Shawn's addictions to drugs and alcohol brought him in contact with acts of violence. Now sober, he works as a motivational speaker for others struggling with substance abuse.
My name is Shawn H. I’m from Cleveland, Ohio. I was born in an urban neighborhood. My mother was a drug addict and an alcoholic. My father was not present. I started experimenting with drugs and alcohol at an early age, marijuana and alcohol. Started experimenting with cocaine at about 14 years old, did not become addicted to it until I was about 16. Between 14 and 16, I smoked crack cocaine with my mother. I smoked crack cocaine with other adults. I hung out with adults, and I ran away from home. By the age of—during that period of time, I was in group homes, foster homes, youth development centers. By the time I turned 18 years old, I was on my way to the penitentiary for drug abuse and breaking and entering. I came home from the penitentiary in 1993. The first day I came home, I immediately got back involved with drugs and alcohol, preferably crack cocaine. After swearing it off for the whole stint of my penitentiary stay, I ended up using cocaine the very first hour that I was back in my old neighborhood.
There were a bunch of great tragedies that happened to me while smoking cocaine. I got stabbed five times with an icepick over some drugs and alcohol that were not mine. I was trying to sell them for someone else. And somebody pulled up in a car and tried to smack the drugs out of my hand. I jumped in the car, and we were wrestling, and I felt him scratch me on my leg, and I felt him scratch me on my chest, and I felt him scratch me on my shoulder. Then I felt him scratch me under my eye. And I grabbed his hands and pinned them to the dashboard, and realized that the scratches I was feeling was actually this man stabbing me an icepick. I had never been stabbed by an icepick before, so that’s what it felt like—scratches. I dove out of the car. I still had three rocks left from what the gentleman had gave me. He saw the interaction of me diving out of the car. I was bleeding, offered to take me to the hospital. While in the hospital, the only thing that I focused on was the fact that I had cocaine in my pocket, and I remember rushing the doctors and nurses out of the emergency room so I could smoke these crack rocks that had blood on them. I put them in an antenna and I lit it with matches and I smoked cocaine—bloody rocks—in the emergency room.
Another incident that I got myself into during this period of time was that I—a guy thought that I had robbed—had him set up to be robbed for some crack cocaine. Him and about nine people came into an apartment, kicked me, stomped me, hit me over the head with a TV, and then they sicked a pit bulldog on me at gunpoint. They allowed this dog to bite all up and down my left arm and then my right arm. Bit a hole in my chin. Bit onto my right ear, ripped my right ear in half. Then they kicked me, stomped me some more, and then they left. After taking this brutal beating, I remember washing my face and I put my hands in my pockets and I had a few more dollars left. And I walked around trying to get some cocaine, disfigured, with my ear hanging off head, and very badly swollen and beaten. That did not—that was not the last time I got high. That was not the lesson that changed my life. It went on for some more years.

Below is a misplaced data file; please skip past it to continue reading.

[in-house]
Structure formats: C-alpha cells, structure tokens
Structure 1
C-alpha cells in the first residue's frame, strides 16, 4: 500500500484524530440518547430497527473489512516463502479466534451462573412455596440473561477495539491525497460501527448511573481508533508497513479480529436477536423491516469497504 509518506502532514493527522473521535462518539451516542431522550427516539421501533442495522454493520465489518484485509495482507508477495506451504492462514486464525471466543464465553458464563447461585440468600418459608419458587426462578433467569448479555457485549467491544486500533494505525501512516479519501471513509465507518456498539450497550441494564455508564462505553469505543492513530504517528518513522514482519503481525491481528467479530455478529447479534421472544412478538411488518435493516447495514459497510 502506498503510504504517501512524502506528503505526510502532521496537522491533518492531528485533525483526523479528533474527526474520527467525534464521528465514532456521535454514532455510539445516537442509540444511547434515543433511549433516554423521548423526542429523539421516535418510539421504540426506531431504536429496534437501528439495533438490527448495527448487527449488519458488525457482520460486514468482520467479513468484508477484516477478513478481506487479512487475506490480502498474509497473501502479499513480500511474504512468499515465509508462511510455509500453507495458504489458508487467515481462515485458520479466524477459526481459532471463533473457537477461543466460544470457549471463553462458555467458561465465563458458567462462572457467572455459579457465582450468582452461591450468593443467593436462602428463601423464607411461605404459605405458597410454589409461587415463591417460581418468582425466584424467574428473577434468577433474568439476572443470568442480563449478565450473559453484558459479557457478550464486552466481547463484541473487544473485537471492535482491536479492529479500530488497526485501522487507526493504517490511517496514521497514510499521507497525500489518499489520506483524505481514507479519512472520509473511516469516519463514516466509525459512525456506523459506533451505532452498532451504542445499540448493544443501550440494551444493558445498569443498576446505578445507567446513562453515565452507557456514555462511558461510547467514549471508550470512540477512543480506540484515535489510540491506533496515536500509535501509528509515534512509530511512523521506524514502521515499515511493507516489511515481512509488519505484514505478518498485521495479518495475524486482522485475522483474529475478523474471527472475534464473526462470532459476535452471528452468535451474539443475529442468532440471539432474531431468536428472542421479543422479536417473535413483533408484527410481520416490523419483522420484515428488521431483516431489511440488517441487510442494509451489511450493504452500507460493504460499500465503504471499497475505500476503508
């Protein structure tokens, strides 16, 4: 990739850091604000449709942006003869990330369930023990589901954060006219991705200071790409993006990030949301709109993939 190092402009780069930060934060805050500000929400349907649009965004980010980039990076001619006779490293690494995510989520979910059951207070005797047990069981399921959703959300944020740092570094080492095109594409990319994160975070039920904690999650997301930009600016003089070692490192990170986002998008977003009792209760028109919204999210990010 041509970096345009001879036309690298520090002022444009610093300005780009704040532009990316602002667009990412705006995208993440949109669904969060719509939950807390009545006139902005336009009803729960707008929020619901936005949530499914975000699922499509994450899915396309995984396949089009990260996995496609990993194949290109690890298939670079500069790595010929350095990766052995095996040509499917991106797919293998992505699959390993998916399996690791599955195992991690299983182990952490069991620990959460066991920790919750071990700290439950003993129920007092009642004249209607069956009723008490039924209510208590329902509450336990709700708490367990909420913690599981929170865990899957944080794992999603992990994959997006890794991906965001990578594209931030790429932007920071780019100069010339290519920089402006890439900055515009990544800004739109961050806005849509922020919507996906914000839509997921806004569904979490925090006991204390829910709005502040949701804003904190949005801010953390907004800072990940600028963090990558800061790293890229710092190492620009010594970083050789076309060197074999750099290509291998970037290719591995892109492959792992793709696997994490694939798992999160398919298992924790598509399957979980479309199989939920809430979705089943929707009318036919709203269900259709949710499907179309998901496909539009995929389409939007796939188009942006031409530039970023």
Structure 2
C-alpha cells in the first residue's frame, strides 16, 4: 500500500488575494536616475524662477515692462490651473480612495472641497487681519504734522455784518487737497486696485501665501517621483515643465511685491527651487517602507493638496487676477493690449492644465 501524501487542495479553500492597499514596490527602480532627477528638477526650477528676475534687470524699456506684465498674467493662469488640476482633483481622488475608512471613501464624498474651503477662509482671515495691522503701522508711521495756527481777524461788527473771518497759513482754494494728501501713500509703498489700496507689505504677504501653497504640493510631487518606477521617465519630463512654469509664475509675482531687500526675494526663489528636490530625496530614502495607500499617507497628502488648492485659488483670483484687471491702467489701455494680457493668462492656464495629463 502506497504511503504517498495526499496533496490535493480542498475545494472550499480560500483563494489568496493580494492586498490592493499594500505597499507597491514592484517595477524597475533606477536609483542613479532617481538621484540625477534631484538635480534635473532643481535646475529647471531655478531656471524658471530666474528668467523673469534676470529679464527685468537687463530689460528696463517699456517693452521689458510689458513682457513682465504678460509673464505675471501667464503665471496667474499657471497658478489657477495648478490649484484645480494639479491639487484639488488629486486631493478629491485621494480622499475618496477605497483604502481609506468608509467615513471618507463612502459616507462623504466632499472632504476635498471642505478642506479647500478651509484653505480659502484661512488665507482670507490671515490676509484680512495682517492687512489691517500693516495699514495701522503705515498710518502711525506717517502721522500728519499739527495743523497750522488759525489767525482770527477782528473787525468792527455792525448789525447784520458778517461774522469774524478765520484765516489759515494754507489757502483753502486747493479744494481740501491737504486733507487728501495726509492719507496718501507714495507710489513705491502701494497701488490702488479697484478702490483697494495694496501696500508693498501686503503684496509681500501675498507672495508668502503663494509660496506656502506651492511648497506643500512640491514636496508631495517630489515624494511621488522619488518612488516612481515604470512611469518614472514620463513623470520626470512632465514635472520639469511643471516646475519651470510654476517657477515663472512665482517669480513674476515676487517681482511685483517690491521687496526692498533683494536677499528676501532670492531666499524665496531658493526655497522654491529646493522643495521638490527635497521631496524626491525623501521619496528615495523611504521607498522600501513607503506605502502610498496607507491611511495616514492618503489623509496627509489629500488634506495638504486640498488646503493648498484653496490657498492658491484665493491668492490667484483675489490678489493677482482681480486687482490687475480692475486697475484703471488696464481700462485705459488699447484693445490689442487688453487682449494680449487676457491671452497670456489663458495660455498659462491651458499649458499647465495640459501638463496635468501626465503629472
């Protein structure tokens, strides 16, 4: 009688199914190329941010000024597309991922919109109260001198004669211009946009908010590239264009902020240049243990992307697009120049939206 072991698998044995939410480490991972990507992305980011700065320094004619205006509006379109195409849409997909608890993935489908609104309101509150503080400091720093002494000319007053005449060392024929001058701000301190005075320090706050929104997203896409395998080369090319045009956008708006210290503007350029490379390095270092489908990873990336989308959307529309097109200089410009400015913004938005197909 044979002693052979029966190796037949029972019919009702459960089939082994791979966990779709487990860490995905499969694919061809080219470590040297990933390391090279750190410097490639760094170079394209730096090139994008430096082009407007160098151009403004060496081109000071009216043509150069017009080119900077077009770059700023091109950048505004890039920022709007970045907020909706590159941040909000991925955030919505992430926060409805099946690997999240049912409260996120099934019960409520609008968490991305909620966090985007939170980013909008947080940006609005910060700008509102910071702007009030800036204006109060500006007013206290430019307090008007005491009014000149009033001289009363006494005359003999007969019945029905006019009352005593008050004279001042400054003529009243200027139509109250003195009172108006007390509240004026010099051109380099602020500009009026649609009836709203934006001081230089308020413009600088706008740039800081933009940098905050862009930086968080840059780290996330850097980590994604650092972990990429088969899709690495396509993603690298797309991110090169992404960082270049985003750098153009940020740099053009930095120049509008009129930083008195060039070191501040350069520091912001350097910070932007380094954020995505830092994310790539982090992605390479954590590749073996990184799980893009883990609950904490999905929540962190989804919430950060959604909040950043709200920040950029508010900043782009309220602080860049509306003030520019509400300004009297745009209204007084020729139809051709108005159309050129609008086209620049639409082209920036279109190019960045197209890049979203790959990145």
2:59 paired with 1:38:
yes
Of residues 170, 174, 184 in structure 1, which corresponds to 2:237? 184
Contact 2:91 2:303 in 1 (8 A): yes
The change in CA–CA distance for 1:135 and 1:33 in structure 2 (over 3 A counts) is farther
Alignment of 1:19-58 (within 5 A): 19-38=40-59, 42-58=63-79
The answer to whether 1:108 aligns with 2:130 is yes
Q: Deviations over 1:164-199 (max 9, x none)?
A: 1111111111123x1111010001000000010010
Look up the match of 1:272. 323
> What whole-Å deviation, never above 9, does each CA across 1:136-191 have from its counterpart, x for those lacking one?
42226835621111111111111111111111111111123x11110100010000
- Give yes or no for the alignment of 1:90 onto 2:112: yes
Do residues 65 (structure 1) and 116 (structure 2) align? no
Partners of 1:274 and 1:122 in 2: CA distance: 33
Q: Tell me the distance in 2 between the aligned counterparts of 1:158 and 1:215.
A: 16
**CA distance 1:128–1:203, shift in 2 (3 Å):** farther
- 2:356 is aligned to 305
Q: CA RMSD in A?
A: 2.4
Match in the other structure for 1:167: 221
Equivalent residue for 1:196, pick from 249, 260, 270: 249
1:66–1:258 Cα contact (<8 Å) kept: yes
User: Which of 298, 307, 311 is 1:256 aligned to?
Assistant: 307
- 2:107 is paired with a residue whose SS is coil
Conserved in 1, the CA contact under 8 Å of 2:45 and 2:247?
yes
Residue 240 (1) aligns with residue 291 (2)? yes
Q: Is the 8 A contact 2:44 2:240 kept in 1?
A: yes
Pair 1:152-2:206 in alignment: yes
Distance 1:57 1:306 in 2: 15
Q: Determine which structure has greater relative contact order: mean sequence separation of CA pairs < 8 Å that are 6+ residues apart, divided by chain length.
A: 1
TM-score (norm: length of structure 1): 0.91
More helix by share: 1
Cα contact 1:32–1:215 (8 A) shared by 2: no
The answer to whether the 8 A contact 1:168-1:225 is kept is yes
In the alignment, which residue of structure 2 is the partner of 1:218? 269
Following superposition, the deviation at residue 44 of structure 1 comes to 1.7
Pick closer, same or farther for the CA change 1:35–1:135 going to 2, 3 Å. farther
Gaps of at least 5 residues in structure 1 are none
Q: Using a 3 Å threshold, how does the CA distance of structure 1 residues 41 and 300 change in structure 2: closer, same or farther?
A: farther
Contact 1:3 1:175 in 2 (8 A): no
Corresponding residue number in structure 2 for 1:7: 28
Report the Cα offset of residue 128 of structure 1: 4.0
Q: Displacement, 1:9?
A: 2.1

In 1994, I attempted to get sober. Sobriety came with a bunch of structure and rules. I was not interested in rules or following rules. So I did not take the suggestions. They told me to go to meetings, and I said, “Why?” They told me to get a sponsor, and I said, “Why?” They told me to read the big book, I said, “Why?” They told me to build a relationship with God, I said, “Why?” I recall that I never asked the guy at the liquor store to give me more information about Jack Daniels, if he was a Christian, or a God-fearing man. I never asked the guy at the liquor store who was Jim Beam, did he have a family. The point is, I did not question anything that was killing me, but when people offered me assistance, I immediately wanted to question and debate and argue with them. So in 1994, I was not successful with staying sober. Sobriety is achieved by those that are willing to listen and follow directions. I was not.
October the fourth in 1995, I was 21 years old. It was my final attempt at attempting to get sober. The difference between ’94 and ’95 is that I was willing to take suggestions. I was willing to listen to other people. I was willing to make sacrifices. So between 1995 and up to this date, I’ve been sober. I’ve been sober 23 years. I am currently an international circuit speaker for Chemical Dependency, Alcoholics Anonymous, Cocaine Anonymous, motivational speaker. I have spoken in London three or four times. I have spoken in Scotland. I have spoken in Quebec. I’ve been offered to speak in Spain and Sweden. I speak all across the United States, and locally in Ohio at anniversaries and little events.
If I can say anything, between my struggles and my time sober, it would be that recovery is achieved by those desperate enough to follow directions, to do what they’re told, and leave the results up to whatever god that they pray to. The 12 Steps have been the biggest instrument that I’ve used to introduce me to a god of my understanding, and the god of my understanding has helped me or aided me with being sober. What I do today, I spend a lot of time at treatment centers and sober houses, wherever sick people are or people with alcoholism and drug addiction. I try to make myself available so that I can be of assistance to people who probably think that there’s no way of getting off of drugs and alcohol.